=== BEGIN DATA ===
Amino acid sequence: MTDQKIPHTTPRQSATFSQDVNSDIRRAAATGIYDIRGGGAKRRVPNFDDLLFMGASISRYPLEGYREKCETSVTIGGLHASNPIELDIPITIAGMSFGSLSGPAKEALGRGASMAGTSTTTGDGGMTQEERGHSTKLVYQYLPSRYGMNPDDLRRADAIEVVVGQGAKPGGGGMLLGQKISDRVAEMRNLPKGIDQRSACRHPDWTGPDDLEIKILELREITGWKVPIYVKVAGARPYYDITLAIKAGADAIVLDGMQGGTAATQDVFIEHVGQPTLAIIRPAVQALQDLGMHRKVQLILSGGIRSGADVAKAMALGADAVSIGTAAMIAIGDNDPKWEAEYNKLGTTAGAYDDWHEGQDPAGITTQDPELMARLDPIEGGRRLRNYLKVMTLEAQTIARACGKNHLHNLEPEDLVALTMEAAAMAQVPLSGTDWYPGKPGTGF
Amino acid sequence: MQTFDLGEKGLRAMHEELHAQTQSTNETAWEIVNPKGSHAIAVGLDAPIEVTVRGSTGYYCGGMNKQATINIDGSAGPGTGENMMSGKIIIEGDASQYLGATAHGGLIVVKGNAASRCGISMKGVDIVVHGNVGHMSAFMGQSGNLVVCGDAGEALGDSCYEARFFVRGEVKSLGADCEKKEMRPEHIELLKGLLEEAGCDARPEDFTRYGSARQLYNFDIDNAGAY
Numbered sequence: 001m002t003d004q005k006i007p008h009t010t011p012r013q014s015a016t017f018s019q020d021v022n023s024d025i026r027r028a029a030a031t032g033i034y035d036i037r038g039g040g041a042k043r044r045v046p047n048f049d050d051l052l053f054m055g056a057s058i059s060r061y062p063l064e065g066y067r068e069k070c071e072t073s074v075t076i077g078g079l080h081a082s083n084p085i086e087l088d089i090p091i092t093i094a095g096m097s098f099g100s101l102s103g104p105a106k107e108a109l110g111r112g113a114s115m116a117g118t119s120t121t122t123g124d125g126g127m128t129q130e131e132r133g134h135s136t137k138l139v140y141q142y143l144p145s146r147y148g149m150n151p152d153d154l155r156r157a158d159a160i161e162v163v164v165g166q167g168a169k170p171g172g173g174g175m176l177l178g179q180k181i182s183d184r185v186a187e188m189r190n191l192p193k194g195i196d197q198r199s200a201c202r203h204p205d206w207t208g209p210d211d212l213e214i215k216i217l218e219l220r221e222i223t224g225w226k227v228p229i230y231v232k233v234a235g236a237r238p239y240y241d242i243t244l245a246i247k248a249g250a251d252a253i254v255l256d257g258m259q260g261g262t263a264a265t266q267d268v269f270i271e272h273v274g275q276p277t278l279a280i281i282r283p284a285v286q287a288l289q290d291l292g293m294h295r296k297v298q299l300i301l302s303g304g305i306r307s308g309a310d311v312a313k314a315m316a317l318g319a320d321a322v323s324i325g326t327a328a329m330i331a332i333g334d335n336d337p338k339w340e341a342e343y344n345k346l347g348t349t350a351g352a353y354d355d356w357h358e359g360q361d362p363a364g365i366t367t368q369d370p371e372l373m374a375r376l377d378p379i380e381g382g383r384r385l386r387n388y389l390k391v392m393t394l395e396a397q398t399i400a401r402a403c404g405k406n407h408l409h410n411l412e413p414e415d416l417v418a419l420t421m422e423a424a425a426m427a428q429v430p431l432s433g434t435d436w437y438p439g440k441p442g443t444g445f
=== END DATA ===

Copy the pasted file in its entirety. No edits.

Amino acid sequence: MTDQKIPHTTPRQSATFSQDVNSDIRRAAATGIYDIRGGGAKRRVPNFDDLLFMGASISRYPLEGYREKCETSVTIGGLHASNPIELDIPITIAGMSFGSLSGPAKEALGRGASMAGTSTTTGDGGMTQEERGHSTKLVYQYLPSRYGMNPDDLRRADAIEVVVGQGAKPGGGGMLLGQKISDRVAEMRNLPKGIDQRSACRHPDWTGPDDLEIKILELREITGWKVPIYVKVAGARPYYDITLAIKAGADAIVLDGMQGGTAATQDVFIEHVGQPTLAIIRPAVQALQDLGMHRKVQLILSGGIRSGADVAKAMALGADAVSIGTAAMIAIGDNDPKWEAEYNKLGTTAGAYDDWHEGQDPAGITTQDPELMARLDPIEGGRRLRNYLKVMTLEAQTIARACGKNHLHNLEPEDLVALTMEAAAMAQVPLSGTDWYPGKPGTGF
Amino acid sequence: MQTFDLGEKGLRAMHEELHAQTQSTNETAWEIVNPKGSHAIAVGLDAPIEVTVRGSTGYYCGGMNKQATINIDGSAGPGTGENMMSGKIIIEGDASQYLGATAHGGLIVVKGNAASRCGISMKGVDIVVHGNVGHMSAFMGQSGNLVVCGDAGEALGDSCYEARFFVRGEVKSLGADCEKKEMRPEHIELLKGLLEEAGCDARPEDFTRYGSARQLYNFDIDNAGAY
Numbered sequence: 001m002t003d004q005k006i007p008h009t010t011p012r013q014s015a016t017f018s019q020d021v022n023s024d025i026r027r028a029a030a031t032g033i034y035d036i037r038g039g040g041a042k043r044r045v046p047n048f049d050d051l052l053f054m055g056a057s058i059s060r061y062p063l064e065g066y067r068e069k070c071e072t073s074v075t076i077g078g079l080h081a082s083n084p085i086e087l088d089i090p091i092t093i094a095g096m097s098f099g100s101l102s103g104p105a106k107e108a109l110g111r112g113a114s115m116a117g118t119s120t121t122t123g124d125g126g127m128t129q130e131e132r133g134h135s136t137k138l139v140y141q142y143l144p145s146r147y148g149m150n151p152d153d154l155r156r157a158d159a160i161e162v163v164v165g166q167g168a169k170p171g172g173g174g175m176l177l178g179q180k181i182s183d184r185v186a187e188m189r190n191l192p193k194g195i196d197q198r199s200a201c202r203h204p205d206w207t208g209p210d211d212l213e214i215k216i217l218e219l220r221e222i223t224g225w226k227v228p229i230y231v232k233v234a235g236a237r238p239y240y241d242i243t244l245a246i247k248a249g250a251d252a253i254v255l256d257g258m259q260g261g262t263a264a265t266q267d268v269f270i271e272h273v274g275q276p277t278l279a280i281i282r283p284a285v286q287a288l289q290d291l292g293m294h295r296k297v298q299l300i301l302s303g304g305i306r307s308g309a310d311v312a313k314a315m316a317l318g319a320d321a322v323s324i325g326t327a328a329m330i331a332i333g334d335n336d337p338k339w340e341a342e343y344n345k346l347g348t349t350a351g352a353y354d355d356w357h358e359g360q361d362p363a364g365i366t367t368q369d370p371e372l373m374a375r376l377d378p379i380e381g382g383r384r385l386r387n388y389l390k391v392m393t394l395e396a397q398t399i400a401r402a403c404g405k406n407h408l409h410n411l412e413p414e415d416l417v418a419l420t421m422e423a424a425a426m427a428q429v430p431l432s433g434t435d436w437y438p439g440k441p442g443t444g445f